- Republican state attorney general Josh Hawley won a Senate seat in Missouri on Tuesday following a highly contested race against Democratic incumbent Claire McCaskill.
- The race was one of the most closely watched contests of the 2018 midterm election season, and a RealClearPolitics average of the most recent polls had McCaskill and Hawley in a dead heat.
- McCaskill campaigned by painting herself as independent from mainstream Democratic thinking and true to Missouri values, while Hawley aligned himself closely with President Donald Trump.
Republican attorney general Josh Hawley won a highly contested race for a Senate seat in Missouri following Tuesday’s midterm elections, unseating Democratic incumbent Claire McCaskill.
The race between Hawley and McCaskill was one of the most closely watched contests of the 2018 election season. A RealClearPolitics average of the most recent polls had the two candidates in a dead heat, at 46% each. And according to RealClearPolitics polling data, neither candidate has had a lead of more than four points in any poll over the whole year, which places the race within the margin of error.
During her concession speech Tuesday night, McCaskill thanked the people of Missouri for allowing her “to serve the public, to serve them, to be a public servant.”
She added: “It has been such an honour, and this state drives me crazy, but I love every corner of it. I really do. I mean, I even love the reddest of the red counties.”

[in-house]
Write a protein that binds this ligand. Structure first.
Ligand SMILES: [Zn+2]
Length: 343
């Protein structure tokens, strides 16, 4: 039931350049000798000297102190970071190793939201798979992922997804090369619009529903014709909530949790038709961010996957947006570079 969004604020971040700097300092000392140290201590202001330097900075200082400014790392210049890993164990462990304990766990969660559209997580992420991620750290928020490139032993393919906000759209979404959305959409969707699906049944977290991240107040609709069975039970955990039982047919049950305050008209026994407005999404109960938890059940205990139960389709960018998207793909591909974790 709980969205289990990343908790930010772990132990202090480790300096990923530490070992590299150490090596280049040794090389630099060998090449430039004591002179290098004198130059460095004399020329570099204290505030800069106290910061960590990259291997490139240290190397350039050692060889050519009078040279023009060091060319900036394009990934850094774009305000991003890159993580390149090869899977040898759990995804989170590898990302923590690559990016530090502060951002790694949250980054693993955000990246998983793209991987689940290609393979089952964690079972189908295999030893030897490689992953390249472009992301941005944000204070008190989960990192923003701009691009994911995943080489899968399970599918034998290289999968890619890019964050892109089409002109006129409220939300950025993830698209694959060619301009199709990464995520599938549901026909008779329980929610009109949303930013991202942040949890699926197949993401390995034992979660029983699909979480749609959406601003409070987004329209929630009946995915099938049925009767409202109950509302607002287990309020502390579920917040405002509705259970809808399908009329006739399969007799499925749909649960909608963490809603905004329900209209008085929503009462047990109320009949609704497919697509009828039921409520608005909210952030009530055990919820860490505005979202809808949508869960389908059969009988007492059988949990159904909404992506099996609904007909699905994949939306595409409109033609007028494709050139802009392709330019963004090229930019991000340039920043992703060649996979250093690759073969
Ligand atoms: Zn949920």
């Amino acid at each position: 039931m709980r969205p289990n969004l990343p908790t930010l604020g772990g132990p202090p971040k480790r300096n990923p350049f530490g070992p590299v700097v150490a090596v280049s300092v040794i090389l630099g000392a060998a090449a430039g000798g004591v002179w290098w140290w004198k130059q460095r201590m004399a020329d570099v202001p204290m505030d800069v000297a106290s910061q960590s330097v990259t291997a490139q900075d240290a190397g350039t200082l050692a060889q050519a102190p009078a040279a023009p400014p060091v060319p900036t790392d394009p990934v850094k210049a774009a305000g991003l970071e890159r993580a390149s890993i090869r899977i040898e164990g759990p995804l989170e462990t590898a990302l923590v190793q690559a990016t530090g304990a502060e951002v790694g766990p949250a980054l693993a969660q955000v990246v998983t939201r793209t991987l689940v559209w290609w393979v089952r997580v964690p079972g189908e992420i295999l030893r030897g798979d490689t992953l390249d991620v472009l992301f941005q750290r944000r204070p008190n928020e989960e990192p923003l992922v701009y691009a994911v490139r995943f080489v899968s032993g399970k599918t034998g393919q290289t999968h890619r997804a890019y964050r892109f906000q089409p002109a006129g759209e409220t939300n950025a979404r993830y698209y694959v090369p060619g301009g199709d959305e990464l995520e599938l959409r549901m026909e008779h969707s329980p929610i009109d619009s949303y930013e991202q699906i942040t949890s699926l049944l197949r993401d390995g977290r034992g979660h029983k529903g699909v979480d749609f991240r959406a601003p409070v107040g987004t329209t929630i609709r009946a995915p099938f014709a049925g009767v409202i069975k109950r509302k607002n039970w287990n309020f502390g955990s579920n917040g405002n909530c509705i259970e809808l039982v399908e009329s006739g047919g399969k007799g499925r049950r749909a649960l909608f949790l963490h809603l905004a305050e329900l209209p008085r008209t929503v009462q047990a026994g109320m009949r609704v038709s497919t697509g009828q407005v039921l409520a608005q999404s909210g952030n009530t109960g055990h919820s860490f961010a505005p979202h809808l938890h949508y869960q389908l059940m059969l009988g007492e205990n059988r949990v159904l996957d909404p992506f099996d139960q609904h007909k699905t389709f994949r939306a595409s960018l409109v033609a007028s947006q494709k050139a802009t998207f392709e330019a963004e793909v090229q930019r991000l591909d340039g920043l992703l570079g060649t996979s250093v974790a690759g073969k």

President Donald Trump campaigned hard for Hawley in recent days – he held two rallies in Missouri to boost support for the Republican attorney general. While McCaskill has painted herself as independent from mainstream Democratic thinking in an effort to draw more undecided voters, Hawley has aligned himself closely with the president in order to draw more support from the Republican base.
Two key issues that Republicans are seizing on going into the midterms are the migrant caravan from Honduras headed toward the US’s southern border, and the confirmation of Supreme Court Justice Brett Kavanaugh. Hawley and Trump have focused, in particular, on McCaskill’s vote against Kavanaugh to portray her as a hardline Democrat.
McCaskill was first elected to the Senate in 2006, when she defeated Missouri Republican incumbent Jim Talent. In 2012, it looked like McCaskill may lose her seat to her Republican opponent, GOP Rep. Todd Akin, until he claimed in an interview that a woman could not get pregnant as a result of a “legitimate rape.”
This year, McCaskill faced more of an uphill battle, particularly in a state that Trump won by 20 points in the 2016 US presidential election.